In August of 1903, a real estate advertisement appeared in the Atlanta-Journal Constitution:
"Two three-room houses near the railroad yards at Simpson St. crossing, rent $12 a month to good tenants who pay in advance; price $1,200 on terms or $100 cash, balance $15 a month; a combination of investment and savings bank: these are not shacks, but good shot-gun houses in good repair."
Anyone living in the American South would have instantly recognized the houses on offer. Since the turn of the 19th century, the shotgun house had come to be an integral part of the urban landscape in cities like New Orleans, Louisville, Atlanta, and Memphis, but their roots extend even farther in time — and place.
The architectural basics of the shotgun house are simple: rarely more than 12 feet wide (to accommodate small lots), a shotgun is a house in which one room is set directly behind the one before it, starting with the living room (the most public part of the house), sometimes moving onto a bedroom space (though for cost reasons plenty of shotgun houses initially had just two rooms) and ending with the kitchen. Many shotgun houses were originally constructed without plumbing, and a rear kitchen meant less distance people in the house would have had to carry water. You could, it's sometimes said, fire a shotgun through the front door and watch it go straight out the back. While many associate that notion with the naming of the shotgun house, historians in the late 20th century began to argue that the shotgun house comes directly from the migration of formerly enslaved Africans from Haiti to Southern U.S. cities in the early 1800s.
In The Shotgun House: An African Architectural Legacy, George Washington University professor of American Studies John Michael Vlach suggests that "shotgun" stems from "togun," a Yoruba word meaning "house" or "dwelling place." Vlach, a scholar of Black architecture in the antebellum United States, argues that the shotgun house represents the melange of style and culture that evolved as free Black people with limited resources adapted the housing types of their West African ancestors to coastal (and humid) cities like New Orleans, where building homes that were both inexpensive, compact, and easy to cool was of the utmost importance. The layout of the shotgun house encourages airflow even on the stillest of days; keeping the front door and the back door open ensures any breeze flows to all parts of the house.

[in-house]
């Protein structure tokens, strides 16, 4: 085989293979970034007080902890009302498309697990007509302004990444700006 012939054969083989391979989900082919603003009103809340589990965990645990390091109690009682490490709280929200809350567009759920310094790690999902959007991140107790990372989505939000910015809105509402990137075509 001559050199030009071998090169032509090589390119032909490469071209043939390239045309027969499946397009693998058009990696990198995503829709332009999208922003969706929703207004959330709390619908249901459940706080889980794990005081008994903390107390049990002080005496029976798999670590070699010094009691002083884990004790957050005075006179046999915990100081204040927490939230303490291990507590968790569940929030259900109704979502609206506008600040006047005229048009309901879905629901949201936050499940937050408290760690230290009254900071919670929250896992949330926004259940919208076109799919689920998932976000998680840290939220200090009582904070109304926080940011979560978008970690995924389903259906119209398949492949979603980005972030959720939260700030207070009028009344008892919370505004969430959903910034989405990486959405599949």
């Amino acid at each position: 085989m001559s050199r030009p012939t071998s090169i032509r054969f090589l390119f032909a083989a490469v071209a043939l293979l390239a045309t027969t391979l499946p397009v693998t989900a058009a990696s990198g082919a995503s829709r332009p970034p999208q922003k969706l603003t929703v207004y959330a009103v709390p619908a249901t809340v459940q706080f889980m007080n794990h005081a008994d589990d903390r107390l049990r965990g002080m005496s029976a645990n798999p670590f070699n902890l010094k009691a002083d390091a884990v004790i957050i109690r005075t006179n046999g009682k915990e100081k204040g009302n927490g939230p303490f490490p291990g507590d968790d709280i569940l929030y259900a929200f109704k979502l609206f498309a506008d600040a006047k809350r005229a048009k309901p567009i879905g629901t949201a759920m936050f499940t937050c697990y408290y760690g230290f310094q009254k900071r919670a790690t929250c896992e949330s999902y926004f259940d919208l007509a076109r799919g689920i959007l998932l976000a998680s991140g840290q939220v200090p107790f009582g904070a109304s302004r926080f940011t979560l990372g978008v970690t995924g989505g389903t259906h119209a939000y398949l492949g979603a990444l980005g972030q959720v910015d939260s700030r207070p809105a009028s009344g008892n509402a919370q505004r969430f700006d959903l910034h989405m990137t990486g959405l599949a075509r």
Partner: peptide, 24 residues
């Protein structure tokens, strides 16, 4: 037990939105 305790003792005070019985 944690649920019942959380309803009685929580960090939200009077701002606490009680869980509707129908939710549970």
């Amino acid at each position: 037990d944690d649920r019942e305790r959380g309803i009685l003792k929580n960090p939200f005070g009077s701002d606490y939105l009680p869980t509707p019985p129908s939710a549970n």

Black Americans, Vlach points out, are often denied credit for their contributions to American architecture, especially when it comes to vernacular housing — not only did many Black people live in shotgun houses, they built them, too, pulling from other architectural trends as they emerged. That's why, according to architectural historians and preservationists, many shotgun houses boast details like gingerbread trim and even non-functioning columns.
By the 1920s and '30s, shotgun houses were considered low-income houses in most of the cities in which they appeared, and were an especially popular type of investment property — an investor might be able to purchase 10 or 20 shotgun houses in close proximity, and rent them out at a high markup due to the need of many lower-wage workers to secure housing close to downtown hubs.
But like many types of vernacular architecture in American cities, the shotgun house has, in the last few years, become especially appealing to would-be home buyers, a fact reflected in the number of shotguns that have been renovated and listed at high prices in Southern cities. In 2017, one Waco, Texas shotgun house got a makeover from the patron saints of renovation themselves, Chip and Joanna Gaines. After appearing on Fixer Upper, the home's owner listed the house for sale at a price of nearly $1 million.